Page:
Blog pic 4th November 2019
Rev. Baden Stanley

Rev. Baden Stanley

Each week we hope to post a blog on a Monday or Tuesday. These blogs will hopefully stimulate thought, discussion and even debate around key topic that are affecting our society at this time of great change and challenge.



Back in the days of predictive text I came across an insight that blew me away, and was actually a timely reminder that God is literally everywhere. It was Christmas 2010 and the IMF had begun its bailout process. There was huge anxiety across the nation as tens of thousands of jobs were wiped out and we slid into recession. I was trying to prepare a  Christmas Day sermon that would somehow be upbeat yet cognisant of new realities. By chance I was texting a friend and inserted the letters IMF! Now predictive text and I have never been friends, its insistence on suggesting the most bizarre options was incredibly frustrating to me. So you can imagine my surprise  when ‘IMF’ was not recognised by my phone, instead the letters changed to ‘GOD’! At first I thought I had messed up my spelling  however every time I typed ‘IMF’, ‘GOD’ would appear. It was gold for both Christmas sermon illustration and for reminding us that no matter what we are going through God is everywhere!

I had experienced a similar mind-blowing insight some years previously when visiting an elderly parishioner. Joan was a pragmatic person of American origin who had wonderful stories of her experiences in World War II. She had been a ‘land girl’ in England helping on the farms during the war. She needed a driving licence so that she could use the farm machinery and a battered old car that was essential for delivering the farm produce to the nearby barracks.  But Joan had a problem; she could never master the three-point turn that would be essential to her passing her test. In typical Joan fashion, she struck on a plan that would solve her dilemma. She ‘borrowed’ three dozen eggs and placed them in the back seat of the car, and then she drove to the test centre. On greeting the driving examiner, she casually mentioned, by way of apology that she had to deliver these fragile eggs to the barracks after the test. The examiner fell for it;  ‘Well since it’s for the war effort, we’d better not risk the eggs by doing a three-point turn!’ 

After enjoying her retelling of the story, she made a passing reference to having her fingers crossed about something or other. ‘J​oan’, I​ challenged​, ​‘ I didn’t know you were superstitious!’ ‘That’s not superstition’, she retorted ‘don’t you know the origins of ‘fingers crossed?’ She then proceeded to tell me something she had learned at Sunday school many years before.

‘In the years after Jesus died and rose again the church began to grow rapidly with literally thousands joining this new sect.  Soon, such growth was met with fear and alarm from those in authority and then with persecution. As the newly called Christians began to spread out across the known world, they needed to find safe ways to identify other Christians and where they were meeting. As the brutal persecution grew, such precautions became vital. The early Church adopted the sign of the fish as their ‘secret symbol’. A simple fish shape would be etched in the dust and clay outside the house where they were meeting. Passers by would have no idea of the significance of the symbol, but fleeing Christians would. Inside they would find fellowship, friendship and hope. But why did they choose the image of the fish? Partly because of when Jesus told his new disciples that he would make them ‘fishers of men’, but mostly because the first letters of the Greek phrase, ‘Jesus Christ, Son of God’ made the word – ‘ICTHUS’ –  which means fish.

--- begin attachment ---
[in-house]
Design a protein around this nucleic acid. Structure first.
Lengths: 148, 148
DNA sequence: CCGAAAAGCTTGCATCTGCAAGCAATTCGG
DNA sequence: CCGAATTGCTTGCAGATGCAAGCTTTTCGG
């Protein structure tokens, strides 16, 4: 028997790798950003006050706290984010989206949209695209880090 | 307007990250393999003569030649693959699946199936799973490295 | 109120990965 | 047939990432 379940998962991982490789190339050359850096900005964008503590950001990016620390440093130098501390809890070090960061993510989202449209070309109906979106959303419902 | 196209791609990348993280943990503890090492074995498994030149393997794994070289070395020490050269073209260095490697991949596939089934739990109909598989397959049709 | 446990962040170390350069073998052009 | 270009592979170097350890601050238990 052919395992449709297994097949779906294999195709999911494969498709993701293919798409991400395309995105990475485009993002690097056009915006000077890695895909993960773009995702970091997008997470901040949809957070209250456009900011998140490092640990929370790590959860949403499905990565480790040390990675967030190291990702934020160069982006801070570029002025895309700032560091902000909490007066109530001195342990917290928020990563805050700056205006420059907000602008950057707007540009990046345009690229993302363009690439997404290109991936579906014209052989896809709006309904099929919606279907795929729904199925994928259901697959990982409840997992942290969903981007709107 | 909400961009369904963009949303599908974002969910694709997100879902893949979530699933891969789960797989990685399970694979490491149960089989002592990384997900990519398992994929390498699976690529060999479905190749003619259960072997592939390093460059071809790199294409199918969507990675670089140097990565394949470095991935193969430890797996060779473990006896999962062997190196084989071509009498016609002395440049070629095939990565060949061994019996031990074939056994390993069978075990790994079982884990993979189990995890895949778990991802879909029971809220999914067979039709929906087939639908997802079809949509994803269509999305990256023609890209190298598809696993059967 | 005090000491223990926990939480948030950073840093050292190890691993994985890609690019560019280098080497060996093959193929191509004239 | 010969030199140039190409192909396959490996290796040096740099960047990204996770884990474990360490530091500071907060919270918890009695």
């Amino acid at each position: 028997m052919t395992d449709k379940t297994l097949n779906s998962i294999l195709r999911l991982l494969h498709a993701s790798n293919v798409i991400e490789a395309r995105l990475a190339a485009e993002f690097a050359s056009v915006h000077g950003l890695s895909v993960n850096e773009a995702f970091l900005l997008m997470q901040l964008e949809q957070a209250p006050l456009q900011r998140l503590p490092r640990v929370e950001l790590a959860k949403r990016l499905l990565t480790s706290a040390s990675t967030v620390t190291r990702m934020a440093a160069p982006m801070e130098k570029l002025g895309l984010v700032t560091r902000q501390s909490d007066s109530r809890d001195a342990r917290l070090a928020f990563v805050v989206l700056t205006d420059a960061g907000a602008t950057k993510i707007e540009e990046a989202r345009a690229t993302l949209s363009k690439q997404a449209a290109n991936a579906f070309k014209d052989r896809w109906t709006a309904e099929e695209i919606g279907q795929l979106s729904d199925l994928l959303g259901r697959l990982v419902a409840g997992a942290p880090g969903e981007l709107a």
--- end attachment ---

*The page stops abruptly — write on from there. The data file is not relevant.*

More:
When Christians met people they thought might share their faith, they would cross their index and middle finger, if the other returned the signal they would both know that it was safe to talk about Jesus. And why did they use the ‘crossing of fingers’? Well, look at your right hand, cross your fingers and turn your hand left wards and you will see that the entwined fingers actually make the shape of a fish.’

It was the simplicity and profundity of this insight that blew me away. From a supposed superstition to a powerful image of hope, it reminded me of how much of our everyday language has its foundations in Christian thought and imagery. Joan also told me that ‘touch wood’ had similar Christian origins. In the very early days of the new church, the cross on which Jesus died was broken into many pieces which were carried by those fleeing persecution. Touching wood was a reminder of what Jesus had done for them and for us, it was not a superstitious action as it is now, it was a source of comfort and faith. No matter how dark and dangerous the day might be, these symbols remind us of deeper truths, they help us Hope.


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